2. "built-in expressive rhythms that are the same for everyone..." what fascinating post, music definitely augments cognition, it may well be one of the first tools/technology that engendered the process of hominization... which is to say musicking precedes languaging... indeed, i do think that our everyday (interpersonal) interactions are rhythmic through and through and basically we lose face when we fall out of pace, the subliminal pace that dictates, for instance, the subtle shifts in our gestures and grunts... style, in this view, is the personal measure of impersonal (ie. interpersonally distributed) rhythms that animate our interactions.. I have an old video on youtube in which i read pertinent passages from an interesting study:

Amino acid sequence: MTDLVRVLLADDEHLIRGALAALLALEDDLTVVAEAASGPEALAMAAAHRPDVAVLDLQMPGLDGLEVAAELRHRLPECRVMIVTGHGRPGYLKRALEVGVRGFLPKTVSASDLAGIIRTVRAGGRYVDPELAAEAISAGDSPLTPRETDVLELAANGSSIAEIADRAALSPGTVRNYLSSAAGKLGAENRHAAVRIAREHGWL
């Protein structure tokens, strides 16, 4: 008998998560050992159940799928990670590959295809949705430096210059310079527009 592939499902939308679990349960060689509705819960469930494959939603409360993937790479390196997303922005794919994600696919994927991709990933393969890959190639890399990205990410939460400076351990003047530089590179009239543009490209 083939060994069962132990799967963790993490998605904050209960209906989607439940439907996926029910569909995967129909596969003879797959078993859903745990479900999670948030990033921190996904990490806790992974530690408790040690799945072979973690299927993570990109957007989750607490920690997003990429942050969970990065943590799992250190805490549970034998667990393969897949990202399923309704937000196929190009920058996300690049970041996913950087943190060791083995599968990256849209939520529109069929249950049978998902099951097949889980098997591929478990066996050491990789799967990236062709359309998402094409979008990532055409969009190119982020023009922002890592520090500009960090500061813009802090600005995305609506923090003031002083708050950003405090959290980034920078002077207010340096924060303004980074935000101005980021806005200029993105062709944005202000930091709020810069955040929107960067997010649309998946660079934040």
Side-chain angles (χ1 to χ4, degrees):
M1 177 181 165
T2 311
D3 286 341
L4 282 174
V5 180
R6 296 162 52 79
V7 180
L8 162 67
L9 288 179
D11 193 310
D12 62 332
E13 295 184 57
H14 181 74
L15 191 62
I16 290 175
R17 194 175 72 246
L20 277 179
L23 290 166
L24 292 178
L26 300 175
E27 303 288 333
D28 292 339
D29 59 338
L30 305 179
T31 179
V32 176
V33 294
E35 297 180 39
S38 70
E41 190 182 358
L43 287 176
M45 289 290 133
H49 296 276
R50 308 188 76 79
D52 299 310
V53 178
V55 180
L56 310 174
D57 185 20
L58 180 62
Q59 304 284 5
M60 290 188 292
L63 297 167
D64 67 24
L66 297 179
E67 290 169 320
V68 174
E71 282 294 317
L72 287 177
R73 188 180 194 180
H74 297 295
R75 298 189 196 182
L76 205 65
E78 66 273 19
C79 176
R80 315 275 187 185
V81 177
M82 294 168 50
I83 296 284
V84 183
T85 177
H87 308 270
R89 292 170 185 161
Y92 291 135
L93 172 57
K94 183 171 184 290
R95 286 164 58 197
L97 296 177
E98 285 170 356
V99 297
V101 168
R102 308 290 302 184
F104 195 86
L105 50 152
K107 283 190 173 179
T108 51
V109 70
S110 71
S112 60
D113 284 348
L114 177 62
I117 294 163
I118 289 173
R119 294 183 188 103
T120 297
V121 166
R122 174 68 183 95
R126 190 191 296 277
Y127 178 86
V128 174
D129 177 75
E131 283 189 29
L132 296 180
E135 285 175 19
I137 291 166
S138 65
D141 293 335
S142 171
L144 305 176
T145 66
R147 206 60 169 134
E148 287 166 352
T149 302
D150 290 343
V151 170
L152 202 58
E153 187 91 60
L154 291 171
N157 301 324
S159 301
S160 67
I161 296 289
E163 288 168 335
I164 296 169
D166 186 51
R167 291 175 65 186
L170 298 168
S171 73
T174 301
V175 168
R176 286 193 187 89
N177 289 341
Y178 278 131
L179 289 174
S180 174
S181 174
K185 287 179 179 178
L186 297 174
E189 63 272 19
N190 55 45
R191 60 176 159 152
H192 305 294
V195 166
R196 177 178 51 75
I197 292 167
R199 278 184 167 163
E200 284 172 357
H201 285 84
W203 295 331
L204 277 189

3. "...i do think that our everyday (interpersonal) interactions are rhythmic through and through and basically we lose face when we fall out of pace, the subliminal pace that dictates, for instance, the subtle shifts in our gestures and grunts... "

    Sounds right to me. In your video you talk about intra-body communication. Music is the medium through which internal rhythms extend outward to others and become interpersonal rhythms. Some years ago biologist Colin Pittendrigh asserted that organisms were rhythms within rhythms.

  4. Interesting paper I read. Students were shown a tape of teachers (who had previously been assessed by other students for performance) they were unfamiliar with. Sound was turned down and they could only see movement. I think they were shown two minutes. They were then given an assessment form, had no idea of how they came to answers but corresponded well with students with actual class experience.

    I noticed the issue myself giving presentations on very tentative early day material. It got an odd reception. But my movement and voice were mismatched (conclusion I cane to at the time anyway). Years spent learning how to control movement and in high stress situation. I suspect I was sending out all the wrong signals from the response.